- Climate Communications
Why build pipelines to the past when we create a new future?
March 15, 2017
The Dakota Access oil pipeline appears to be part of America’s future, regardless of protests and previous stop-orders. But it’s a pipeline to America’s past — a past in which fossil-fuel dependence was the only course.
We’ve argued this before, over the Keystone pipeline. While the Dakota Access pipeline will produce a few jobs in the United States during construction, it’s a much bigger financial boon to the fossil-fuel investors and interests who are pushing the project.
It also ignores resources we should be relying on instead of oil.
Just as fossil fuels are our past, California – and specifically our advances in transforming to a renewable-energy economy – is the country’s future. California is committed to reducing greenhouse-gas emissions, which stem largely from burning fossil fuels. The Central Valley region, with UC Merced’s research and the natural resources that are so abundant here – sun and biomass – will be an important player in providing affordable renewable energy from alternative-energy sources.
The University of California system aims to achieve carbon neutrality in campus operations by 2025, a challenging but achievable goal that will provide the state and nation an example to follow and, as important, the technology and innovation to be able to do it.
The UC leads the state in applicable research and is going to play a critical role in solving alternative-energy challenges. As California goes, so goes much of the nation. And UC Merced, with its solar-energy, biomass and other energy-related research, is poised at the front of this new charge.
Our region and nation need positive steps and public symbols of moving to more renewable energy and away from fossil-carbon-intensive energy. The clearest way to reduce greenhouse gas emissions and slow human-caused climate warming is to leave fossil carbon in the ground.
That means reducing our energy use or shifting to renewable sources, or some combination of the two. Either way, as we reduce fossil-fuel use in the region, we can imagine healthier air to breathe year round, transforming the quality of life, making the region a more attractive place to live and work, and laying the foundation for a sustainable economy.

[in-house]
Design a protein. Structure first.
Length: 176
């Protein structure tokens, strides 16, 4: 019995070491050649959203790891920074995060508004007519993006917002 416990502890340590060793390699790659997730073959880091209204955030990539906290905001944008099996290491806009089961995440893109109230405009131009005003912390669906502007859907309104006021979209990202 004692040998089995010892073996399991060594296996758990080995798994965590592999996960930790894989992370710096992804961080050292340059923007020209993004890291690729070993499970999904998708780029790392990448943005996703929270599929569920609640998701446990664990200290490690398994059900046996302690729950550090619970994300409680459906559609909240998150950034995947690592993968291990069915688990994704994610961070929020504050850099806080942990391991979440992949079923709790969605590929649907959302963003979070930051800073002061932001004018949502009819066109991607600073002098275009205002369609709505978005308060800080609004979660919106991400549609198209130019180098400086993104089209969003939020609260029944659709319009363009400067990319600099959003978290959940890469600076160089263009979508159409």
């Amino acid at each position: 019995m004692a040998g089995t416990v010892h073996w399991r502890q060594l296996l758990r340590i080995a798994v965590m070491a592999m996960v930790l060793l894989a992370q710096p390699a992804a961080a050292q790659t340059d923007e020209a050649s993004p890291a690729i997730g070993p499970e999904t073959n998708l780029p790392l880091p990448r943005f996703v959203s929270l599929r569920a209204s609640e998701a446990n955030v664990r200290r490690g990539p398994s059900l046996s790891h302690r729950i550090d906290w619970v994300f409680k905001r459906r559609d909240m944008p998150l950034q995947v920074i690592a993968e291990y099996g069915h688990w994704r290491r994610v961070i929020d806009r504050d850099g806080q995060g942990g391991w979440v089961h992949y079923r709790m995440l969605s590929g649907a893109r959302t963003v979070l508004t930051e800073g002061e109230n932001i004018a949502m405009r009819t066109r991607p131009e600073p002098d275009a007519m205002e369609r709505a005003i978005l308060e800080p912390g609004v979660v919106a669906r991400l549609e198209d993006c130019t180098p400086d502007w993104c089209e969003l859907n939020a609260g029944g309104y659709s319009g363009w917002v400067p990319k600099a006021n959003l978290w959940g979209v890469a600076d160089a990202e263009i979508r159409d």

It’s going to take innovation, partnerships, collective vision and – most of all – committed action.
Some investments are taking place, but we need more. A push toward sustainable energy can help develop attractive jobs in the near-term and achieve a better future for our children.
Californians are taking collective steps away from fossil fuels, and we must maintain that distance regardless of what happens in Washington. Renewable energy and sustainability, along with healthy growth, are foundations for a robust and diverse economy.
The stakes are high and sizable investments by the coal, oil and gas industries in the political process and public information have become part of the cost of doing business. Just as the university can achieve its 2025 goals, so can California if we all embrace the vision of a future free from oil and cooperate in achieving that goal.
It’s time for California to step forward and show the rest of the country how we’re going to build our sustainable energy future.